de stael studio orangePictured: Atelier fond orange (Studio orange background) by de Staël. © Private collection. Large photographs show how some of these works were originally displayed in Paris.

The explanatory panels at the Granet are in French only, however, so you'll need to pay an extra three €uros for an audio-guide if you want a commentary in English or another language.

We met Véronique Jaeger at the press view and had two rather naïve questions, which she answered elegantly. Gallery owners aim to sell their artworks – so how did the Bucher Jaeger family end up owning so many?

At first it was hard to find buyers for some pieces, such as the zany, brightly coloured work of Jean Dubuffet, she explained. And finally the family became attached to them.

Our second question: the Bucher Jaeger Gallery represents a kind of dynasty. Can you inherit a passion for art? Madame Jaeger says she had this very discussion recently with her own 12-year-old son.

His reply: “It’s not a question of inheriting, but of meriting.” A mature insight that bodes well for the Bucher Jaeger Gallery's future.

Next up at the Musée Granet: Cézanne at home. This exhibition is based around the museum's small collection of paintings, drawings and engravings by the Aix master.

It also has an oil painting on loan from the Pearlman Collection, Vue vers la route du Tholonet près du Château Noir, plus a recent donation of six letters from Cézanne to Charles Camoin. 20 October-1 April 2018.

Another exhibition at the Granet over the winter is devoted to the 20th century artist Pierre Tal-Coat, who lived and worked in the region. 18 November-11 March 2018.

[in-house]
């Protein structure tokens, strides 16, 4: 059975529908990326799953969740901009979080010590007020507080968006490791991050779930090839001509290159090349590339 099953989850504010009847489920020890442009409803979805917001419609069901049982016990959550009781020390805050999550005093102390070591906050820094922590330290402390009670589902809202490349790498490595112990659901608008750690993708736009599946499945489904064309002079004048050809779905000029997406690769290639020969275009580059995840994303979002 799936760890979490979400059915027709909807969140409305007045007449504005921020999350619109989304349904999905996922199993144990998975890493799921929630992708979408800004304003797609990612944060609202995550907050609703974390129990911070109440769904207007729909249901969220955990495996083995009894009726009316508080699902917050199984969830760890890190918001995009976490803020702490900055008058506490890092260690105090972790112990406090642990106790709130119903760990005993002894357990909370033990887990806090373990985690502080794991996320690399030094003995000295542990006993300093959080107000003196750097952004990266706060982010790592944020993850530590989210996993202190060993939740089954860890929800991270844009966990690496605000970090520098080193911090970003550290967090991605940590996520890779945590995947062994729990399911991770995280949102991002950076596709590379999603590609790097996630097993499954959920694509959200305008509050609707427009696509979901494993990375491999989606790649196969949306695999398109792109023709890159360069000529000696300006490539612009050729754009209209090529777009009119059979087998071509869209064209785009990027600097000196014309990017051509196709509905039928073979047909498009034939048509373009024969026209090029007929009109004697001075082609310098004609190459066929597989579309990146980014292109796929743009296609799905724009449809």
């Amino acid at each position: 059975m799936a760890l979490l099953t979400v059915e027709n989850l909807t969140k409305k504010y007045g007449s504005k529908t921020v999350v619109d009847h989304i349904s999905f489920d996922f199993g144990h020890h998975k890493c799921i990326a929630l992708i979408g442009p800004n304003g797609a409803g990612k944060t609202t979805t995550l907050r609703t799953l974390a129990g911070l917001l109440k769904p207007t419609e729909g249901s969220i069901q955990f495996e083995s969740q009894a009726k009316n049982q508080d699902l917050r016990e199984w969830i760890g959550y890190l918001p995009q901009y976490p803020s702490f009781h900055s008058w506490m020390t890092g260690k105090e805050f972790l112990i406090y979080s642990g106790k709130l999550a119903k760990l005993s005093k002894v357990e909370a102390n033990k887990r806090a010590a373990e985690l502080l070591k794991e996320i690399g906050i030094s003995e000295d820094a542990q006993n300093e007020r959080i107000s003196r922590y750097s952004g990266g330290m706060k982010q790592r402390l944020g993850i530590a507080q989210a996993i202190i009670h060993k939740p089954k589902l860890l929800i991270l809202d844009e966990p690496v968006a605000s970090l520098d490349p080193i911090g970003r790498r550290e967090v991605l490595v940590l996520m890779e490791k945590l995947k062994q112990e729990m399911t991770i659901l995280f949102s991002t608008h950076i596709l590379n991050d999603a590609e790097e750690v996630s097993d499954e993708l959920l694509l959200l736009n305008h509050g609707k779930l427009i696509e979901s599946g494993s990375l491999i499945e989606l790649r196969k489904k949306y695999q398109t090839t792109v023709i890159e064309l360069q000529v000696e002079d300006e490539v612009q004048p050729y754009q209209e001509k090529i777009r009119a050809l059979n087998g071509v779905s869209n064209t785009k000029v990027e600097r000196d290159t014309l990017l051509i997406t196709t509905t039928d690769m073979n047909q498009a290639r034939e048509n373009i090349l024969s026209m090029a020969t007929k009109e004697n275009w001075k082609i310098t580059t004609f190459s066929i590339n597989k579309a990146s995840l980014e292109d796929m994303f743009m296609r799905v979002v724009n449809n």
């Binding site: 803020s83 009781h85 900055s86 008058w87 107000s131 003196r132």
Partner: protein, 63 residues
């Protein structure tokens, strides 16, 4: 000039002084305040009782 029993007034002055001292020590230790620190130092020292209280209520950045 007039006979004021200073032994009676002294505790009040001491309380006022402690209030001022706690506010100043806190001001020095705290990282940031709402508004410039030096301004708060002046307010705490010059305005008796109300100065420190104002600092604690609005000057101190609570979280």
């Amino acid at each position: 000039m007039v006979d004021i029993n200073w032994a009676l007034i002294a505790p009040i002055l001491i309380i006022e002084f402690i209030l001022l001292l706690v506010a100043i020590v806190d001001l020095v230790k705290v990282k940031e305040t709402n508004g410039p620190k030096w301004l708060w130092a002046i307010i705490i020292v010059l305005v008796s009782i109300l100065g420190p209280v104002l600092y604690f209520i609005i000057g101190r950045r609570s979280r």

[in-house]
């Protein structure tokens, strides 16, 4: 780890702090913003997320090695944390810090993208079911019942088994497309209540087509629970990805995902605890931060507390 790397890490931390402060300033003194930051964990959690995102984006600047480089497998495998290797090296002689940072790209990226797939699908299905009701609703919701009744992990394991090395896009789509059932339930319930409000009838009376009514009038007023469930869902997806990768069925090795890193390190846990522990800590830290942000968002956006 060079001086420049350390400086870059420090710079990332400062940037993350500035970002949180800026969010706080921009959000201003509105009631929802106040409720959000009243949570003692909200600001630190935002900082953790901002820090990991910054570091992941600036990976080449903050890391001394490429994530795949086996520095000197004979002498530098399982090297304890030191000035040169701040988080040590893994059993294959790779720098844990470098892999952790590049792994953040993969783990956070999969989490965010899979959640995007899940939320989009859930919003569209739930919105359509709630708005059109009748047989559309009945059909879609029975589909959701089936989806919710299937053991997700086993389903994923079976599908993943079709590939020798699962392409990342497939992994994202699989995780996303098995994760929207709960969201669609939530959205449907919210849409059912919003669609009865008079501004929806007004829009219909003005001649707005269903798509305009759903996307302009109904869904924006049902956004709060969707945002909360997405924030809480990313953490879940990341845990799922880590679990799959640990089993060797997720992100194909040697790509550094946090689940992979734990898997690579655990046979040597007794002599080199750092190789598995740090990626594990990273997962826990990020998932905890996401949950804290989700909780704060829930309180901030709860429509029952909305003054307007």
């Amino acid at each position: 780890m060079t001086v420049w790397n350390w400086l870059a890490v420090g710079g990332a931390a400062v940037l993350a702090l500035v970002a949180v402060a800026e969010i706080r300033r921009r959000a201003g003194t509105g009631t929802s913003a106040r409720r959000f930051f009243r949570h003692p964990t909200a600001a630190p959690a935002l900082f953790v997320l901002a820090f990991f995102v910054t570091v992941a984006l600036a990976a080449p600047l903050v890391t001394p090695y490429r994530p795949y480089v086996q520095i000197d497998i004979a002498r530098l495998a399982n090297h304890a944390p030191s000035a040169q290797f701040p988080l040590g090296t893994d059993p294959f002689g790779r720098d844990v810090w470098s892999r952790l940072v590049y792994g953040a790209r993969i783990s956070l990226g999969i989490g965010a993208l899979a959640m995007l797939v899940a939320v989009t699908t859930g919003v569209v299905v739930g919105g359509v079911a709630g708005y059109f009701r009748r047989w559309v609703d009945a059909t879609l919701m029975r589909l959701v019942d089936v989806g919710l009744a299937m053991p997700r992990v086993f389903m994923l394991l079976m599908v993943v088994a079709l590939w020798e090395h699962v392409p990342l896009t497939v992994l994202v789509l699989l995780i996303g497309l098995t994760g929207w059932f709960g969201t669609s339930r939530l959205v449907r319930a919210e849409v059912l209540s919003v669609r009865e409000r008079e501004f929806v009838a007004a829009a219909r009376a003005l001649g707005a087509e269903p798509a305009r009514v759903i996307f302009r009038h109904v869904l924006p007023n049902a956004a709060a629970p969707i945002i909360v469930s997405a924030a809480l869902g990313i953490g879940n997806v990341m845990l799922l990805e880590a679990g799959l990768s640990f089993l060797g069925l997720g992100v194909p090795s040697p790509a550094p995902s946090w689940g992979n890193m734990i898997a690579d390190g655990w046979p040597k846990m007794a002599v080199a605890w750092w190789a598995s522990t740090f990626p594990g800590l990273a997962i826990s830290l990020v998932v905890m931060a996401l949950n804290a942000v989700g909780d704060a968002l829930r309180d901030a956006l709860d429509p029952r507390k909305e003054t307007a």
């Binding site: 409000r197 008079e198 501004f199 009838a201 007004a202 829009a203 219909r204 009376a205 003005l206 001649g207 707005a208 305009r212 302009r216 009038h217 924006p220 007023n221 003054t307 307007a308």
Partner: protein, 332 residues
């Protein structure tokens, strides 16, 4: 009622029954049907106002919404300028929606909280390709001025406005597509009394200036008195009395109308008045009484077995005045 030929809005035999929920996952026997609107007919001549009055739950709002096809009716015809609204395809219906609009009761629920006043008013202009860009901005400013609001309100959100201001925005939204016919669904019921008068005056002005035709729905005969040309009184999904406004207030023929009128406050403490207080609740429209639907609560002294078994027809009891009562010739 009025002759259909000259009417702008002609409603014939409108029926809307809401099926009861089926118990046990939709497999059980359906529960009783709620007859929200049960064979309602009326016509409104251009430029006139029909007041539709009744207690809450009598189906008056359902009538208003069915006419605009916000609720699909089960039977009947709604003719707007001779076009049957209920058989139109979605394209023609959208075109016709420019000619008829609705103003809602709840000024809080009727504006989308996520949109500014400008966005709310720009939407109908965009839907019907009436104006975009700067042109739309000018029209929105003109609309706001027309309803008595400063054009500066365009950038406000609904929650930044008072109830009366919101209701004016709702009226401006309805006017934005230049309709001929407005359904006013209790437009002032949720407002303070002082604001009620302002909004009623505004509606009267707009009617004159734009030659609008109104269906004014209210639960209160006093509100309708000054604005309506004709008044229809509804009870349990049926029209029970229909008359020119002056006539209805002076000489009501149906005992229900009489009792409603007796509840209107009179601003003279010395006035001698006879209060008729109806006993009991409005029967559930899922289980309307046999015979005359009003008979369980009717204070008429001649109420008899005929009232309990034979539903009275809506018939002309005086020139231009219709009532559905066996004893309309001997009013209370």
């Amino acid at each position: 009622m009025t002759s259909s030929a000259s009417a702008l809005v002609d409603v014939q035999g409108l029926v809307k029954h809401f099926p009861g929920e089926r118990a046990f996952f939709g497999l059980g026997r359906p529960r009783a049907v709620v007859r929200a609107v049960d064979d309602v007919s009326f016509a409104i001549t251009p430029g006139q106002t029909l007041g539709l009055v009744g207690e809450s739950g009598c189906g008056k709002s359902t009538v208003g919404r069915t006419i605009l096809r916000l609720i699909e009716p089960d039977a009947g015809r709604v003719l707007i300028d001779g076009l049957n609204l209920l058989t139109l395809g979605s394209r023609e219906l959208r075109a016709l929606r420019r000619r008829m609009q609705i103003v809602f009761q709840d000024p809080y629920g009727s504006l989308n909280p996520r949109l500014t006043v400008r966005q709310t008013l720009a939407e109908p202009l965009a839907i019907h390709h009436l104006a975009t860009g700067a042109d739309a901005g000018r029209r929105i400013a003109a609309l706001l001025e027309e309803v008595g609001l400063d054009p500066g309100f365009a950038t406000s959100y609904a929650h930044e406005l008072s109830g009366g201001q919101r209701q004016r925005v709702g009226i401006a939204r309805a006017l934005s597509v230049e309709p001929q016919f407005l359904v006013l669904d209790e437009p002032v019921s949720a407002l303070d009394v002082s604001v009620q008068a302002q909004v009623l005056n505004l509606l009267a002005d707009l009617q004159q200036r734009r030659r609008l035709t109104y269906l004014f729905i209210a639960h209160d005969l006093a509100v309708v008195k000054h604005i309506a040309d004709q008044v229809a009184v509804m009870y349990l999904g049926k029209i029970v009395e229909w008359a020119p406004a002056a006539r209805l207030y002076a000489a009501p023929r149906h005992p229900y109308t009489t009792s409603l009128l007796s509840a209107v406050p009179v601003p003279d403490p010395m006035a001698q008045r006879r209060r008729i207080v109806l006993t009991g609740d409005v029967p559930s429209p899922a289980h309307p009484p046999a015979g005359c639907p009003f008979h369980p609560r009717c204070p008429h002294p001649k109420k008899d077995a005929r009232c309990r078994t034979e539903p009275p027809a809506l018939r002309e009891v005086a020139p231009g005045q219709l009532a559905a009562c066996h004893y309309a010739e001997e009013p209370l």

In spite of this very lively current programme, the Musée Granet will never live down the fact that it has just a handful of works in its permanent collection by Aix's most famous son.

Paul Cézanne studied life drawing at the museum as a young man. He offered it dozens of paintings in later life, but was rudely rejected.

"Never in my lifetime will any of his works enter here," declared the then-curator Auguste-Henri Pontier, a minor sculptor whose own work has long since passed into obscurity.

Still, the Musée Granet has since done its best to make up for this embarrassing blunder with a spectacular blockbuster retrospective in 2006 marking the centenary of the artist's death, followed by another major show, Picasso Cézanne, in 2009.

It has secured other works by Cézanne on temporary long-term loan and in 2011, acquired the only known portrait by Cézanne of his childhood friend, the writer Emile Zola, painted before the two men became estranged in later life (click here to read about a film of this story).

Les Baigneuses, Paul Cezanne, Musee Granet, AixThe ten Cézanne paintings at the Granet also include a small study for Les Baigneuses (pictured) and a portrait of Madame Cézanne. However they are frequently away on loan.